Contextualized Essential Skills demonstration project

Testing essential skills training for frontline workers in hospitality and retail

A significant proportion of Ontario’s workforce has gaps in essential skills. Research has demonstrated a strong relationship between essential skills and earnings, highlighting the importance of ensuring all individuals have opportunities to upgrade these skills.

In response to this need, the Ontario Centre for Workforce Innovation (OCWI) engaged Blueprint to lead a demonstration project of a promising sector-specific essential-skills training model for frontline workers in Ontario’s hospitality and retail industries. The model integrated technical sector-specific content with essential-skills training to help employees increase both their skills and productivity. Supervisors also received training to strengthen their leadership skills.

Blueprint engaged OTEC — a training, consulting, and workforce development organization — to lead the implementation of the project and deliver the training. Literacy and Basic Skills (LBS) network organizations provided support with recruitment and LBS training providers co-delivered some of the training sessions with OTEC.

The Contextualized Essential Skills Demonstration Project was based on the Workplace Training Program, an innovative contextualized essential-skills program implemented at Douglas College in British Columbia. Douglas College supported this project by updating the Workplace Training Program curriculum — renamed Customer Service Results (CSR) — for the Ontario market and delivering “train-the-trainer” sessions to OTEC and LBS providers.

Our evaluation found that CSR has the potential to add value for both employees and employers. While participant essential skills gains were modest, both participants and employers reported that they were very satisfied with the training, and that they found the curriculum to be relevant and useful. Most employers found the training to be well-aligned with their business objectives and reported increases in their employees’ customer engagement, listening ability, sales strategies and attitude toward their job.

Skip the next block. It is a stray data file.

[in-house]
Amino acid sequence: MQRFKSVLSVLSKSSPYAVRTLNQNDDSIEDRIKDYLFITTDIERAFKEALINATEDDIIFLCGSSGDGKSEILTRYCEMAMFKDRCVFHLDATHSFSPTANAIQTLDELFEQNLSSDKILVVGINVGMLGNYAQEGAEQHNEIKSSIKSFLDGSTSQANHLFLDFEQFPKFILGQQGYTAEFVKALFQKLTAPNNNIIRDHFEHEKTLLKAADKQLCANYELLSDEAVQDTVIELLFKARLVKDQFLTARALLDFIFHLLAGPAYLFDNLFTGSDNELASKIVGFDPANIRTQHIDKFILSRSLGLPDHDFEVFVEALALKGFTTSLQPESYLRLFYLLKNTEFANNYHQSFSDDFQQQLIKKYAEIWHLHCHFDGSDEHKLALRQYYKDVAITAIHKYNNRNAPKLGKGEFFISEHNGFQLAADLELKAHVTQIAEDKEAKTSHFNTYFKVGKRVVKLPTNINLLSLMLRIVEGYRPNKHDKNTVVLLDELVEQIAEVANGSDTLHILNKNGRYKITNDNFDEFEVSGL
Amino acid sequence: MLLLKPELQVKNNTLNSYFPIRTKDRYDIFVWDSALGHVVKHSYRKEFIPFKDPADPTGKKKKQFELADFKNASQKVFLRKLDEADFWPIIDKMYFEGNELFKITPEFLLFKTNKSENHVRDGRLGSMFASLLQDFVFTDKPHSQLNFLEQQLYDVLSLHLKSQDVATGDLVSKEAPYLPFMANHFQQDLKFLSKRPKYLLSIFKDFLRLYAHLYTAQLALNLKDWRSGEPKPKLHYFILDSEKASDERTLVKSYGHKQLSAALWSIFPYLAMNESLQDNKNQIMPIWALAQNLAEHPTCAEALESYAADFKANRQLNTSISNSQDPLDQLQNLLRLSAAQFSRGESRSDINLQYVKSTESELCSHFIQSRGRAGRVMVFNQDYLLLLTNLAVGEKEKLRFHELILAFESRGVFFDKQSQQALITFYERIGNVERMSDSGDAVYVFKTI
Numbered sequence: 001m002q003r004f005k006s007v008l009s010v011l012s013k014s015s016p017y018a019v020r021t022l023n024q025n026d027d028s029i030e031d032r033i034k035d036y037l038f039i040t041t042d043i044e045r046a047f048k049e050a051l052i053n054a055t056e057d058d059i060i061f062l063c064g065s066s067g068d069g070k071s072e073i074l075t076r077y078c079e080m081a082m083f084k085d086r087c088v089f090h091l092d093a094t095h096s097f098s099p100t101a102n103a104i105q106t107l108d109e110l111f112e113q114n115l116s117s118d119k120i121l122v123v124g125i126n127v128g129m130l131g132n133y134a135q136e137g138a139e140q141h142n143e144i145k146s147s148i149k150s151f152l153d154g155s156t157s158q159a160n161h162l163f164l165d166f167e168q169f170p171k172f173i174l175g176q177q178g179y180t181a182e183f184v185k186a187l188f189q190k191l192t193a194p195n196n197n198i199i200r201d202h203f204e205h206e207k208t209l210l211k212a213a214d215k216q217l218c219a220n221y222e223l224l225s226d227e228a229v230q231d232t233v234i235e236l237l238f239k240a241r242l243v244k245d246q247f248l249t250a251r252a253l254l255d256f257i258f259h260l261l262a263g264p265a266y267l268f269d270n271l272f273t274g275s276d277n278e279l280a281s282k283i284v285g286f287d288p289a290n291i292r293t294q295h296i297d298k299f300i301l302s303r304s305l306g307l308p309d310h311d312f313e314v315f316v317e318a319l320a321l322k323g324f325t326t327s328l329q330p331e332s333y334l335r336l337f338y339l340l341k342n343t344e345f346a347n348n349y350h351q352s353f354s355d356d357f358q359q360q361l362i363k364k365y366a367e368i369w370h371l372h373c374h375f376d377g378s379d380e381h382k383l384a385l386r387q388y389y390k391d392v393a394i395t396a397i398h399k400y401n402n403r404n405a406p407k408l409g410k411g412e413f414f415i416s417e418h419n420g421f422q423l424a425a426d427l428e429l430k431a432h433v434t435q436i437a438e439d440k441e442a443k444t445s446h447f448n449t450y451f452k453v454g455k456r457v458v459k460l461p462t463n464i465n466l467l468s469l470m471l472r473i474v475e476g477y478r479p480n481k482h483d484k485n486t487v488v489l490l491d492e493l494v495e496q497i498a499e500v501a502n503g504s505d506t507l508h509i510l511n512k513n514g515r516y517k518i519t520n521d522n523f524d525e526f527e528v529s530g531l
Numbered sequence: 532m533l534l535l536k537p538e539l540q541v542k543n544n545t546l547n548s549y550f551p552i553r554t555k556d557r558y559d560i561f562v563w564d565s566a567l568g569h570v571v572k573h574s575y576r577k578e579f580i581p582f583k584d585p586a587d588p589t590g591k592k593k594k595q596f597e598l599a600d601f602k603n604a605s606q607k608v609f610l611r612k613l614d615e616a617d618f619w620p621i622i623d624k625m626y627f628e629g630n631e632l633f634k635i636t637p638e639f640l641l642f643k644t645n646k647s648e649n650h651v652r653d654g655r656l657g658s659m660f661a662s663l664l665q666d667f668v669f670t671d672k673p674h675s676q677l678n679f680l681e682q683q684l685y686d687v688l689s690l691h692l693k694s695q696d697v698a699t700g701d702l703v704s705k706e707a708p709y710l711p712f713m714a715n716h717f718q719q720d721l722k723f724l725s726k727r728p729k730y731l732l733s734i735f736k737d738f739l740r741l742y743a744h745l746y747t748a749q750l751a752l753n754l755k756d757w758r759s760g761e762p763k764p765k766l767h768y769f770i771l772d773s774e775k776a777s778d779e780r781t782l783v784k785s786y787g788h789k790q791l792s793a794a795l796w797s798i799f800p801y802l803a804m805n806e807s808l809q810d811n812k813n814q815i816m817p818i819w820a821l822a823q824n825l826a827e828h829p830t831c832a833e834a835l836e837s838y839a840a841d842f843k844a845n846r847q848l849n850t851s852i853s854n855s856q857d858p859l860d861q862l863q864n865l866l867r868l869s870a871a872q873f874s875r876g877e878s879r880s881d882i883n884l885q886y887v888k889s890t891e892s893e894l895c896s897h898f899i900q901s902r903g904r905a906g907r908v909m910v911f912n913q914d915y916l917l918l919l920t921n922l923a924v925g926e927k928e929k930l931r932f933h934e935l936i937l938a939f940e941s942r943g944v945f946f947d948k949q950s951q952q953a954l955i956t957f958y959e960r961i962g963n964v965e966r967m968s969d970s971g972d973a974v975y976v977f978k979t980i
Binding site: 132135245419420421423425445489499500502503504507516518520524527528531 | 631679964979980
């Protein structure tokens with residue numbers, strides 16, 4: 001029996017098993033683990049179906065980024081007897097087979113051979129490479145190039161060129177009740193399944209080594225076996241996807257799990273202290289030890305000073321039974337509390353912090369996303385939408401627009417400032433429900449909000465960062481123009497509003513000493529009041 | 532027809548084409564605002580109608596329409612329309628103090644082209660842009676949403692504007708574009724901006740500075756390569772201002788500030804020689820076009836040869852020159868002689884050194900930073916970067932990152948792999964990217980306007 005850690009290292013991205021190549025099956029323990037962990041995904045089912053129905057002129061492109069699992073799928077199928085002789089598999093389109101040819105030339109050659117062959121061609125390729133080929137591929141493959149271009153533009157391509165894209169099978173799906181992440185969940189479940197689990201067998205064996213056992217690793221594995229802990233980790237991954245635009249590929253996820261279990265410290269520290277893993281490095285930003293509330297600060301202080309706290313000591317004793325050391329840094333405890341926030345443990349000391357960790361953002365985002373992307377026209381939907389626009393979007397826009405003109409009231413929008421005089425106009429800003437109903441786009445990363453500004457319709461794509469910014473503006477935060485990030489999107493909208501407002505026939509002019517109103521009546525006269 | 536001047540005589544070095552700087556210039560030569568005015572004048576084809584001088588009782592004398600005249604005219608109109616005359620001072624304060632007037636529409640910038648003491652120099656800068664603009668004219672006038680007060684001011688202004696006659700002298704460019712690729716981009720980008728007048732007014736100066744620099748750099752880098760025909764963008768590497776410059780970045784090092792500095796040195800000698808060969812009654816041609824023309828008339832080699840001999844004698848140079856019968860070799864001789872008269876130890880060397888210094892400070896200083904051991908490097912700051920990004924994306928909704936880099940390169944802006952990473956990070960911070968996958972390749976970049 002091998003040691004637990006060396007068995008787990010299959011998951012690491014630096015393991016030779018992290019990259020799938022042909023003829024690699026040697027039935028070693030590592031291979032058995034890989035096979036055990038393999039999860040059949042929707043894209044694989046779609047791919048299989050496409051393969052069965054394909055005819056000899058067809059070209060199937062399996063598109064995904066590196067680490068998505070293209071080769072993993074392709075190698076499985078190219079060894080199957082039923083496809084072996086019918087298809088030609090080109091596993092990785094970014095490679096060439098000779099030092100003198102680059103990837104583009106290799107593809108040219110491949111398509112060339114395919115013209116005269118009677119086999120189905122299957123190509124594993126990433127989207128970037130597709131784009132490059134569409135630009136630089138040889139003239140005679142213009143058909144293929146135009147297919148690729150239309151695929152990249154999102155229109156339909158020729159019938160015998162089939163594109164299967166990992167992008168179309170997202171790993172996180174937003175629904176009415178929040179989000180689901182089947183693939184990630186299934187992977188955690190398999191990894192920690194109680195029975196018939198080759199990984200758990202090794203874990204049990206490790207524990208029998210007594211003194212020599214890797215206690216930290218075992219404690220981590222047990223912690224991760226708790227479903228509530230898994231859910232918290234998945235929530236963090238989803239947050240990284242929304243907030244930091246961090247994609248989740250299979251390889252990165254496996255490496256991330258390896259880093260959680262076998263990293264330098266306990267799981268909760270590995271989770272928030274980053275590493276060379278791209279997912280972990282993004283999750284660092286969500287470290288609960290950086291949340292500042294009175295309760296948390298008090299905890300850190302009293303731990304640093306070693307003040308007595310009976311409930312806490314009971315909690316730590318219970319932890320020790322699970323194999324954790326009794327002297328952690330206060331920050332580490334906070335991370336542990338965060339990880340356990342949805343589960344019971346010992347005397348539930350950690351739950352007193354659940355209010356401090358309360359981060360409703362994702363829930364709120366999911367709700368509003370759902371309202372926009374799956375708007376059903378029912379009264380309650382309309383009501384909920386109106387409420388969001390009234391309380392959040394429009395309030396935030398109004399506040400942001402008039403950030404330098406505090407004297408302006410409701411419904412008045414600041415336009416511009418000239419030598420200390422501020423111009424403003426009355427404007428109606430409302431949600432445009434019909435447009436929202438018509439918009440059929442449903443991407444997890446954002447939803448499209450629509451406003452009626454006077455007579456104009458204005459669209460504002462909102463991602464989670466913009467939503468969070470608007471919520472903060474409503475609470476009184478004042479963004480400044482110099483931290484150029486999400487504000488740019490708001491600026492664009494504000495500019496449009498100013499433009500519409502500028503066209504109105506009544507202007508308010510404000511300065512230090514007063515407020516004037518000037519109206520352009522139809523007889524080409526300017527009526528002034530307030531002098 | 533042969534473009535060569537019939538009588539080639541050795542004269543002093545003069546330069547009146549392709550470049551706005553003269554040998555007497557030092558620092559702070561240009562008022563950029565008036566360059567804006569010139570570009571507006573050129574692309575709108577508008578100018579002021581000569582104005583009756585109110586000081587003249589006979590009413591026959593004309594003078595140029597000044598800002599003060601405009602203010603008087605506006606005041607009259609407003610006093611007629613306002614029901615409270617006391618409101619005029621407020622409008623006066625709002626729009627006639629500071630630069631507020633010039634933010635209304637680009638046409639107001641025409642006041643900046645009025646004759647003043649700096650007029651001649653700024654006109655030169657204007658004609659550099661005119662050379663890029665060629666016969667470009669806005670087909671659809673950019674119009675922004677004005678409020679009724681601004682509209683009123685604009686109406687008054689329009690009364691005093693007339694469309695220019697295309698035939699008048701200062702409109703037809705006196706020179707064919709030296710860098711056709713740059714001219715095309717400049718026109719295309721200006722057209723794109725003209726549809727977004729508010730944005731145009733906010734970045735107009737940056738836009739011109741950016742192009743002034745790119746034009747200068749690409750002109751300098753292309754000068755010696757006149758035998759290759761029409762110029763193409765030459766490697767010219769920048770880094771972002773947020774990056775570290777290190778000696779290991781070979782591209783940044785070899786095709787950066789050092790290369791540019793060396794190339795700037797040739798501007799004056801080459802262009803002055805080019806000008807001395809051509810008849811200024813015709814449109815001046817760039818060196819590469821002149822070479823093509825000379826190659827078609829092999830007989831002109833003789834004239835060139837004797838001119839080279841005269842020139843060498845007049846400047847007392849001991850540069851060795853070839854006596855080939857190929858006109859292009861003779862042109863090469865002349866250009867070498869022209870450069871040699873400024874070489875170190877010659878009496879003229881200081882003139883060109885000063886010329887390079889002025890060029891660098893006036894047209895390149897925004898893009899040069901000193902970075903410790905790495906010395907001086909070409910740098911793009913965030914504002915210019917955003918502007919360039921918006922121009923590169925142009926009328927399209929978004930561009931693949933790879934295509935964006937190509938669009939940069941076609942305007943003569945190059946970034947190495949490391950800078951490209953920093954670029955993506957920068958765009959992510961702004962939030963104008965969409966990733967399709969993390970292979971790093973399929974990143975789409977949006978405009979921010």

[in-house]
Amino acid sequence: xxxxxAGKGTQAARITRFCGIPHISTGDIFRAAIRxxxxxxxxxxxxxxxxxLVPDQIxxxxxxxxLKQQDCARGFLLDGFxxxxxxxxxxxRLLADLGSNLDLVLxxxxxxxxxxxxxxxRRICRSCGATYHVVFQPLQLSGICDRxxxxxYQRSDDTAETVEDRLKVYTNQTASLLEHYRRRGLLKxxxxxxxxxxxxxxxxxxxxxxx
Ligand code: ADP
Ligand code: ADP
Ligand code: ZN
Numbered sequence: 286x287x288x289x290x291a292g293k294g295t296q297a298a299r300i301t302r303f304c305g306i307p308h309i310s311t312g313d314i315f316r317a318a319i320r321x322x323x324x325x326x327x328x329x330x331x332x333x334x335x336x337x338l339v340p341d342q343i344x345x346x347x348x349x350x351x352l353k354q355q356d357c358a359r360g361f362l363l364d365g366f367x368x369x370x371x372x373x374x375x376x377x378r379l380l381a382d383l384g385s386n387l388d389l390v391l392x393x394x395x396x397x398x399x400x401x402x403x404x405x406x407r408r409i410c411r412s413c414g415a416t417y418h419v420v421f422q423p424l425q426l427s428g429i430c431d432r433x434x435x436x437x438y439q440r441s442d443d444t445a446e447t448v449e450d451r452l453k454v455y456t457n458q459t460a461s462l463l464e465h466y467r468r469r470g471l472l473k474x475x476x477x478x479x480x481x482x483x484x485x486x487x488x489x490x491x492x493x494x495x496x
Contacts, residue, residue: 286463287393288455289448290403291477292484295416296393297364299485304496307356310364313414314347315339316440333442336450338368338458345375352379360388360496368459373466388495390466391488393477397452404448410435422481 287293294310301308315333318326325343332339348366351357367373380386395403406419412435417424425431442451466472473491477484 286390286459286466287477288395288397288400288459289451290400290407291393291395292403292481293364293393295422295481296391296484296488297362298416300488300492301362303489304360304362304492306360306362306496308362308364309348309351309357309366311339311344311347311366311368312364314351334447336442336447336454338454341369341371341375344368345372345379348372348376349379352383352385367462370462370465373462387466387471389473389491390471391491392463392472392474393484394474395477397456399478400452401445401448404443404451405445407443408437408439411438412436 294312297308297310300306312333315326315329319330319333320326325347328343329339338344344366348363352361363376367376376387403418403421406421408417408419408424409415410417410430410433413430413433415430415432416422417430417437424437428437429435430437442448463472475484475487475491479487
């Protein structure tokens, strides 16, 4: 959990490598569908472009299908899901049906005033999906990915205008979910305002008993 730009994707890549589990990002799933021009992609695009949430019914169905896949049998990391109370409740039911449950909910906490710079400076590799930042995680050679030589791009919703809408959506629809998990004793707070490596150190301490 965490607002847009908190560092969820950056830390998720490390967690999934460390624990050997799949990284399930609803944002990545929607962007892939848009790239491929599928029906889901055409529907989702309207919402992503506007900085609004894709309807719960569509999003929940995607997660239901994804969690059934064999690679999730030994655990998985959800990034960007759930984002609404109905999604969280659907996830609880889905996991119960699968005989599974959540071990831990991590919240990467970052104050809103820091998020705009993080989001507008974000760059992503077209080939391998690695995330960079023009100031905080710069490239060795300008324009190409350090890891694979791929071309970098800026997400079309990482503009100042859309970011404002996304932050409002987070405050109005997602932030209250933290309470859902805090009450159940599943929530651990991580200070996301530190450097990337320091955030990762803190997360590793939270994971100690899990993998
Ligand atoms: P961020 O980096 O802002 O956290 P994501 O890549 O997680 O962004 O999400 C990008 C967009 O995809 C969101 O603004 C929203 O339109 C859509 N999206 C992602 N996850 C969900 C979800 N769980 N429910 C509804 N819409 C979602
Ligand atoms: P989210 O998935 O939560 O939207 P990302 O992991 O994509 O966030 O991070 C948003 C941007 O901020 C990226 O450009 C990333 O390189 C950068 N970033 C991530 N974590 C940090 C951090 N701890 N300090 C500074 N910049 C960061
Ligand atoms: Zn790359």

Several lessons emerged from the project that could directly inform the future efforts of workforce development organizations interested in implementing workplace essential skills training in Ontario. Outreach and resources to support small and medium-sized businesses to coordinate training, and ensuring training is aligned with needs of the target audience, were two factors identified as critical to the long-term success of workplace essential skills training.  

Read the Contextualized Essential Skills Final Report or our Report in Brief.

A significant proportion of Ontario’s workforce has gaps in essential skills. Research has demonstrated a strong relationship between essential skills and earnings, highlighting the importance of ensuring all individuals have opportunities to upgrade these skills.

In response to this need, the Ontario Centre for Workforce Innovation (OCWI) engaged Blueprint to lead a demonstration project of a promising sector-specific essential-skills training model for frontline workers in Ontario’s hospitality and retail industries. The model integrated technical sector-specific content with essential-skills training to help employees increase both their skills and productivity. Supervisors also received training to strengthen their leadership skills.

Blueprint engaged OTEC — a training, consulting, and workforce development organization — to lead the implementation of the project and deliver the training. Literacy and Basic Skills (LBS) network organizations provided support with recruitment and LBS training providers co-delivered some of the training sessions with OTEC.

The Contextualized Essential Skills Demonstration Project was based on the Workplace Training Program, an innovative contextualized essential-skills program implemented at Douglas College in British Columbia. Douglas College supported this project by updating the Workplace Training Program curriculum — renamed Customer Service Results (CSR) — for the Ontario market and delivering “train-the-trainer” sessions to OTEC and LBS providers.

Our evaluation found that CSR has the potential to add value for both employees and employers. While participant essential skills gains were modest, both participants and employers reported that they were very satisfied with the training, and that they found the curriculum to be relevant and useful. Most employers found the training to be well-aligned with their business objectives and reported increases in their employees’ customer engagement, listening ability, sales strategies and attitude toward their job.